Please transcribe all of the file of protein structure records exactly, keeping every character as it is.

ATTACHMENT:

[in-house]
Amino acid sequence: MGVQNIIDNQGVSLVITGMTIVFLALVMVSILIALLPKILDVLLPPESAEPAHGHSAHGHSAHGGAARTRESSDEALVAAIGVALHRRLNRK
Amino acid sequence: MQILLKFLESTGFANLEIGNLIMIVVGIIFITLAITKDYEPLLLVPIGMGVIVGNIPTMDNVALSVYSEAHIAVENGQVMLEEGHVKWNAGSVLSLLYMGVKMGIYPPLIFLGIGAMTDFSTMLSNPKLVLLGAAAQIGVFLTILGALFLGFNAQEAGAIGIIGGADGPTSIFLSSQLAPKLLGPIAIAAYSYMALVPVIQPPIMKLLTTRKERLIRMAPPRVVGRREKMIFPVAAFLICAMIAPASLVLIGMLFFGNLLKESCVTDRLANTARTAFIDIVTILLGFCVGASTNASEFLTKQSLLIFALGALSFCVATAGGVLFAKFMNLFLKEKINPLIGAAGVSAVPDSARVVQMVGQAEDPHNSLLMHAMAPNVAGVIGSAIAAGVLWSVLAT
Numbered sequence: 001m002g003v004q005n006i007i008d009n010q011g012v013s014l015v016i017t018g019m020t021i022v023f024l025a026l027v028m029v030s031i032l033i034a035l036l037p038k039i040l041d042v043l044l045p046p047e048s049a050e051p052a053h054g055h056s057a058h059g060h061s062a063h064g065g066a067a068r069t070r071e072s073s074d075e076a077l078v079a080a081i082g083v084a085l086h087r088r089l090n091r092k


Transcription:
[in-house]
Amino acid sequence: MGVQNIIDNQGVSLVITGMTIVFLALVMVSILIALLPKILDVLLPPESAEPAHGHSAHGHSAHGGAARTRESSDEALVAAIGVALHRRLNRK
Amino acid sequence: MQILLKFLESTGFANLEIGNLIMIVVGIIFITLAITKDYEPLLLVPIGMGVIVGNIPTMDNVALSVYSEAHIAVENGQVMLEEGHVKWNAGSVLSLLYMGVKMGIYPPLIFLGIGAMTDFSTMLSNPKLVLLGAAAQIGVFLTILGALFLGFNAQEAGAIGIIGGADGPTSIFLSSQLAPKLLGPIAIAAYSYMALVPVIQPPIMKLLTTRKERLIRMAPPRVVGRREKMIFPVAAFLICAMIAPASLVLIGMLFFGNLLKESCVTDRLANTARTAFIDIVTILLGFCVGASTNASEFLTKQSLLIFALGALSFCVATAGGVLFAKFMNLFLKEKINPLIGAAGVSAVPDSARVVQMVGQAEDPHNSLLMHAMAPNVAGVIGSAIAAGVLWSVLAT
Numbered sequence: 001m002g003v004q005n006i007i008d009n010q011g012v013s014l015v016i017t018g019m020t021i022v023f024l025a026l027v028m029v030s031i032l033i034a035l036l037p038k039i040l041d042v043l044l045p046p047e048s049a050e051p052a053h054g055h056s057a058h059g060h061s062a063h064g065g066a067a068r069t070r071e072s073s074d075e076a077l078v079a080a081i082g083v084a085l086h087r088r089l090n091r092k